Ruthopheax spent some time before and after 648 clearing his flanks, as it were: he ejected or pacified the nomads in Nunchalcrieh, and on his southern-most borders. Then in 653, reacting ostensibly to Ughan support of revolts in the north-east, he declared war on Ughrieh. In a brilliant two and a half-year campaign, he defeated successively the four semi-independent armies of the partly independent Ughan kingdoms, including the king, and so-called emperor, of the largest one, Cepsuzuk. He occupied Gargros, capturing Cepsuzuk, and in 655 was able to dictate peace. He took over large portions of territory on the east bank of the Gestes, as well as a large chunk of the north-west, and also split off some parts of the north into independent states. He placed some of his own Atlantean nobles or Ughan puppets as tewaik in the (now) five Ughan kingdoms, and greatly limited the size of Ughan armies. The overall Ughan emperor – the zuka -remained, as he had been, a puppet.


 After some time for recuperation, Ruthopheax next plotted the downfall of the Basquec Empire. In 658, he declared war on Basquecieh, without giving any real reason. The Basquec armies were stronger than the Ughans, having a large contingent of rockets and a reasonable transport system. but the Atlanteans were and faster and harder-hitting, with their cannon and heavy cavalry, and besides, Basquecieh was now ruled by a civilian government, which disliked military matters, led by the Emperor Saschvic. Ruthopheax marched into Vulcanieh, occupied it, and swung south-west from Vulcantil across the rivers Baccuel and Gvondhat on to Razira from the east. Basquecieh sued for peace in 660, but Ruthopheax was determined to occupy the heart of the empire. He crossed the Och Therult mountains to the east, and marched on to Bavcuat. The Basquecs made their final stand near their capital, and it was here that the decisive battle of the war, the First Battle of Quachach, was fought, in 661.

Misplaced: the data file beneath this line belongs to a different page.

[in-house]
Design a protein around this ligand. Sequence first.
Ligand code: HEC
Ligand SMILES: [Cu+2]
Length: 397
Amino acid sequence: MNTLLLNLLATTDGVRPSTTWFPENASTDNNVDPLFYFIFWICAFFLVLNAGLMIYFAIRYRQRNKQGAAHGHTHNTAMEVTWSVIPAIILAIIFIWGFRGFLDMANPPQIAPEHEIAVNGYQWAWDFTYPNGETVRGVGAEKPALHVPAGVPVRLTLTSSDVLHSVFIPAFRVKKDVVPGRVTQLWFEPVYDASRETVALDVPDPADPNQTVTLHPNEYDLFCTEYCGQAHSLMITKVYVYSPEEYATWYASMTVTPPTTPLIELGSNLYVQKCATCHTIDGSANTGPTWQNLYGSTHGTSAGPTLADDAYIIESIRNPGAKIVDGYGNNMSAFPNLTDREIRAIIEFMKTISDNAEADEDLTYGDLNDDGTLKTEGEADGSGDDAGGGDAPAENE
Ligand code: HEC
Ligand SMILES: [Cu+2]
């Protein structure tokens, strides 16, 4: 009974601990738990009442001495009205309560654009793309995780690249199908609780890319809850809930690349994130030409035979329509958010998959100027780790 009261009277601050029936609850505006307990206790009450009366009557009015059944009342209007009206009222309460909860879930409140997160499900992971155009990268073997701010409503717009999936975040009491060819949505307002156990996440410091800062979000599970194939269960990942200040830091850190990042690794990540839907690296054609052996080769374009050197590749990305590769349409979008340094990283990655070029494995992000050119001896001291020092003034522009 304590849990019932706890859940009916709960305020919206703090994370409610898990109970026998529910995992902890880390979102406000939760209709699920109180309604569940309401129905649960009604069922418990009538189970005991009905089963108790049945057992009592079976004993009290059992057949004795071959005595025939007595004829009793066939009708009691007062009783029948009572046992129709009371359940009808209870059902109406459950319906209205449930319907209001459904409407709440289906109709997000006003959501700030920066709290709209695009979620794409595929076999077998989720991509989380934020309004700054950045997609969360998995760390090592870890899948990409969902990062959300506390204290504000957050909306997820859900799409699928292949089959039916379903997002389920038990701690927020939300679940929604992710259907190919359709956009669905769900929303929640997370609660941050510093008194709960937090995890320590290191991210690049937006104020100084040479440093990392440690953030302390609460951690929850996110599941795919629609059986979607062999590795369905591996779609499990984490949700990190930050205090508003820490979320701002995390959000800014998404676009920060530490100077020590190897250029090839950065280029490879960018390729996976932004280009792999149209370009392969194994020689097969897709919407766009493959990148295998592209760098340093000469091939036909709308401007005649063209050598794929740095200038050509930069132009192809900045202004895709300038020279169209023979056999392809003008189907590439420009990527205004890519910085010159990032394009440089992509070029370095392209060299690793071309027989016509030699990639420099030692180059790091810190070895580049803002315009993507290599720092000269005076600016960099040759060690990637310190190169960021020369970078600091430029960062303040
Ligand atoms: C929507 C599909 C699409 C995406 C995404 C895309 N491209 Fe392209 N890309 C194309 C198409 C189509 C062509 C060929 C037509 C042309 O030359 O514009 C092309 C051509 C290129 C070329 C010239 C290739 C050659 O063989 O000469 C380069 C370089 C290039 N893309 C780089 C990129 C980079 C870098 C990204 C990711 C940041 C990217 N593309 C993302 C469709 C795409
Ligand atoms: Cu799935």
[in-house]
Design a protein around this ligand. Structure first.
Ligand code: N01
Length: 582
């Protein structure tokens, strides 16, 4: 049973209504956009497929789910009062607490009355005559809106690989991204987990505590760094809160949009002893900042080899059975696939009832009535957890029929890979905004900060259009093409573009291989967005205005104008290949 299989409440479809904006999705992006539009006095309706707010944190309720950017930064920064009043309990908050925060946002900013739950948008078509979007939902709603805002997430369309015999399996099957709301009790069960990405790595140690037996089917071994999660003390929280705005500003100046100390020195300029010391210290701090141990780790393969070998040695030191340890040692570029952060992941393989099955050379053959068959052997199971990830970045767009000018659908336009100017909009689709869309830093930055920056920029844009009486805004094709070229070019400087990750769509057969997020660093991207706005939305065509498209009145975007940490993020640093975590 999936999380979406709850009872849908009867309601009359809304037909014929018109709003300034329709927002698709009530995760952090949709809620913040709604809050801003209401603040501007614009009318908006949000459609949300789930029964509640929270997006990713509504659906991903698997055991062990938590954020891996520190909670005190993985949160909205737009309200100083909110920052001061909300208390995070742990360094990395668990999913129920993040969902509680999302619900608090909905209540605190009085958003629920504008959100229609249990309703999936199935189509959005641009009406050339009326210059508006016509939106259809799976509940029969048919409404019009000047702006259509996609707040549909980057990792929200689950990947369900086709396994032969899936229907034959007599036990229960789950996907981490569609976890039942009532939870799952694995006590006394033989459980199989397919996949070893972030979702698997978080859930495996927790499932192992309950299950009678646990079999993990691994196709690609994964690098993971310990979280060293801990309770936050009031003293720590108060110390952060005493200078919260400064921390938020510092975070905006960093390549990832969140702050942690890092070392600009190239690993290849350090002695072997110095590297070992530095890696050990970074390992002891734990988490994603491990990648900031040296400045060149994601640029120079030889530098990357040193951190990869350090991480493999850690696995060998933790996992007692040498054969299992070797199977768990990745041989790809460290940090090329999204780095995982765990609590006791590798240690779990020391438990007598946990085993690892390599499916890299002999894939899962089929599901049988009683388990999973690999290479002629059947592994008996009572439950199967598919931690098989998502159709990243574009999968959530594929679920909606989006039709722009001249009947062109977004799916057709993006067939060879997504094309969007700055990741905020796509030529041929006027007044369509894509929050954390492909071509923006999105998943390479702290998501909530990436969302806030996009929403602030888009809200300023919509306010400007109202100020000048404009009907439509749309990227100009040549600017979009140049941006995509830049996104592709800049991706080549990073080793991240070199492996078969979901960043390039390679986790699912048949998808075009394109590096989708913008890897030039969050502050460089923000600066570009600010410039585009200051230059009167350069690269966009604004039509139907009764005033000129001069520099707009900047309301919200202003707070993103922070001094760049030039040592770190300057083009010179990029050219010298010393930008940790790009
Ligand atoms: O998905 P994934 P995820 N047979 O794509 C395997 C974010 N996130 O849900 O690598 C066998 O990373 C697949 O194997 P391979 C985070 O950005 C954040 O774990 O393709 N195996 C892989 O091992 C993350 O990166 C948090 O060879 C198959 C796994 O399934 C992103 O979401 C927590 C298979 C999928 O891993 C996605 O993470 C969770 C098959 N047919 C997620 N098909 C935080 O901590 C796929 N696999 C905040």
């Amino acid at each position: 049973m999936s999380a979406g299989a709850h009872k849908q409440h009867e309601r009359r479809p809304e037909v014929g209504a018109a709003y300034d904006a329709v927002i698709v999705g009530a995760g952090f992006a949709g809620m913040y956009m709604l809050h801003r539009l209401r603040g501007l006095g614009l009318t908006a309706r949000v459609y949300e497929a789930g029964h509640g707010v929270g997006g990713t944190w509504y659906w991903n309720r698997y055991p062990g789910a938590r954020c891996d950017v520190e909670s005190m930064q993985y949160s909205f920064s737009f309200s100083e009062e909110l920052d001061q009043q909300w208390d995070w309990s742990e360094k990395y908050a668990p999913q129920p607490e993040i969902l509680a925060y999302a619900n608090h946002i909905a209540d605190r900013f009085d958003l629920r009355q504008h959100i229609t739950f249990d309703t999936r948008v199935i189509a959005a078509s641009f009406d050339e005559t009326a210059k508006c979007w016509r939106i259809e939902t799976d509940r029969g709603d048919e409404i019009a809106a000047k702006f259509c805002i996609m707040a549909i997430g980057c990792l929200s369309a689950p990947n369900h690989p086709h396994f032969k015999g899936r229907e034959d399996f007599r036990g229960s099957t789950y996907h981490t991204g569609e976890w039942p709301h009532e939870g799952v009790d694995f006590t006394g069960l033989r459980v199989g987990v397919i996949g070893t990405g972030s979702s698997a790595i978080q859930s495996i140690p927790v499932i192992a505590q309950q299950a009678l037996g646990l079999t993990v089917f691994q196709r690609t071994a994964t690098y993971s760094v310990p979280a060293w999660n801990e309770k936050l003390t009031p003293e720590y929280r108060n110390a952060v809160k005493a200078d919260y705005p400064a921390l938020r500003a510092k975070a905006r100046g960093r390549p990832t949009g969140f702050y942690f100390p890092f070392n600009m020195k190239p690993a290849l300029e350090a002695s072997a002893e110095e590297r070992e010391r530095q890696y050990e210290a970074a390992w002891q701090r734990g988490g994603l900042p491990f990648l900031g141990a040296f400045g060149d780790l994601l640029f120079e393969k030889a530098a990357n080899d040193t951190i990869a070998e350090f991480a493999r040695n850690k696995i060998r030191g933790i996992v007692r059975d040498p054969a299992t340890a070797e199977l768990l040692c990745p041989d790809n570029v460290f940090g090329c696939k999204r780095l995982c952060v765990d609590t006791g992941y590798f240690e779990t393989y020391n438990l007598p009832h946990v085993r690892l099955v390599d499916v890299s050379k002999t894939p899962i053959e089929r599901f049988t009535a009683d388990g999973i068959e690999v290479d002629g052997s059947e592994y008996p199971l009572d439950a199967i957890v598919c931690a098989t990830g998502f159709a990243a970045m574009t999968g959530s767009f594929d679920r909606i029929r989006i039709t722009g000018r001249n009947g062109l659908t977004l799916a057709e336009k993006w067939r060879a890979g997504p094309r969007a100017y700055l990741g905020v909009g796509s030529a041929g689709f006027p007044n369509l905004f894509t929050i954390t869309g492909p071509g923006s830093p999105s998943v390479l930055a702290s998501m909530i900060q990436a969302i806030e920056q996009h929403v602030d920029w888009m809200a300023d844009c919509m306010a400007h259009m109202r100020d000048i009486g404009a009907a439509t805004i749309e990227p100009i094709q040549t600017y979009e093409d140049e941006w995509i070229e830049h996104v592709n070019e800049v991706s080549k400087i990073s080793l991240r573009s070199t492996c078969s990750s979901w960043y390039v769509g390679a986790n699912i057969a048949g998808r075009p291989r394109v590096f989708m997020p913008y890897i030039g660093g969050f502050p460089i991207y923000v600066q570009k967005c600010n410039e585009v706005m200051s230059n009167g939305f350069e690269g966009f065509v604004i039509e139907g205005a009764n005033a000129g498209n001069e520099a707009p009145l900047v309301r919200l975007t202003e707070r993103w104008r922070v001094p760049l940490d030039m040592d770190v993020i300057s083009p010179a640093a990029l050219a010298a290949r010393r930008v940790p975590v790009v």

Ruthopheax’s army amounted to 108000 men, divided into five "cennpueggisix" of 22000 each, plus 15000 light and medium cavalry, 5000 heavy, armoured cavalry, and 200 cannon with additional repeating crossbows. The Basquecs’ army, or soccoth, was organised similarly to the Atlanteans’, with eight infantry units, or corps, each about 17000 men, and considerable medium and light cavalry, though few heavy. It did not have as many cannon as the Atlanteans, but had a large rocket corps. About a quarter of their infantry was armed with ineffective hand-guns. In all they had about 119000 men.

 First Battle of Quachach


The Basquec army was positioned on a series of low hills on its right and centre, while its left was protected by a small river and some marshy ground. Ruthopheax, whose army was mostly on a long diagonal hill a mile or two west of the Basquecs, spent some time spying out the lie of the land on the afternoon and evening of the day prior to the battle. He saw that the hills apparently held by the right centre of the Basquecs were the key to their position, and planned to firstly try to attract their forces off this hill, then seize it himself. The Basquecs’ plans were vaguer, but involved an advance on their left across the river, and on their right to seize the small hill there. They would then try to envelop the main Atlantean army on their hills.



Mountain lake

Mountain lake in the Therult Mountains in Basquecieh